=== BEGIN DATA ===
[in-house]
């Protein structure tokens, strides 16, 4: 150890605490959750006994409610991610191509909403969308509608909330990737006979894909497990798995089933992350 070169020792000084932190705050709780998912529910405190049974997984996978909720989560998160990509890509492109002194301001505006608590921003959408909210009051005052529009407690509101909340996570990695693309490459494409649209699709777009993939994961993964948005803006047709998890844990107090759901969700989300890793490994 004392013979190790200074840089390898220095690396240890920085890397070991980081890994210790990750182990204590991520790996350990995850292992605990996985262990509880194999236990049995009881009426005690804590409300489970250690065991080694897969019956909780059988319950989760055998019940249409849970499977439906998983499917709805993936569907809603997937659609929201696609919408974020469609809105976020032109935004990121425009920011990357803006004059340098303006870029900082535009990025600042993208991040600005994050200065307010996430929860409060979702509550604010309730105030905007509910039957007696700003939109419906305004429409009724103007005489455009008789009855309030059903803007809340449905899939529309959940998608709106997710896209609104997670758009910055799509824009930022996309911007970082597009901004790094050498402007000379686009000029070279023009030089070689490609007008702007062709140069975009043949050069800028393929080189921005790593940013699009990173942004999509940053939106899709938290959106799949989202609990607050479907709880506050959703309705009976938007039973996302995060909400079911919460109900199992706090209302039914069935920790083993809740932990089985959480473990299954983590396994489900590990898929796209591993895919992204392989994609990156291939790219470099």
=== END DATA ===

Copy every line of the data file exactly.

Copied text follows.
[in-house]
């Protein structure tokens, strides 16, 4: 150890605490959750006994409610991610191509909403969308509608909330990737006979894909497990798995089933992350 070169020792000084932190705050709780998912529910405190049974997984996978909720989560998160990509890509492109002194301001505006608590921003959408909210009051005052529009407690509101909340996570990695693309490459494409649209699709777009993939994961993964948005803006047709998890844990107090759901969700989300890793490994 004392013979190790200074840089390898220095690396240890920085890397070991980081890994210790990750182990204590991520790996350990995850292992605990996985262990509880194999236990049995009881009426005690804590409300489970250690065991080694897969019956909780059988319950989760055998019940249409849970499977439906998983499917709805993936569907809603997937659609929201696609919408974020469609809105976020032109935004990121425009920011990357803006004059340098303006870029900082535009990025600042993208991040600005994050200065307010996430929860409060979702509550604010309730105030905007509910039957007696700003939109419906305004429409009724103007005489455009008789009855309030059903803007809340449905899939529309959940998608709106997710896209609104997670758009910055799509824009930022996309911007970082597009901004790094050498402007000379686009000029070279023009030089070689490609007008702007062709140069975009043949050069800028393929080189921005790593940013699009990173942004999509940053939106899709938290959106799949989202609990607050479907709880506050959703309705009976938007039973996302995060909400079911919460109900199992706090209302039914069935920790083993809740932990089985959480473990299954983590396994489900590990898929796209591993895919992204392989994609990156291939790219470099």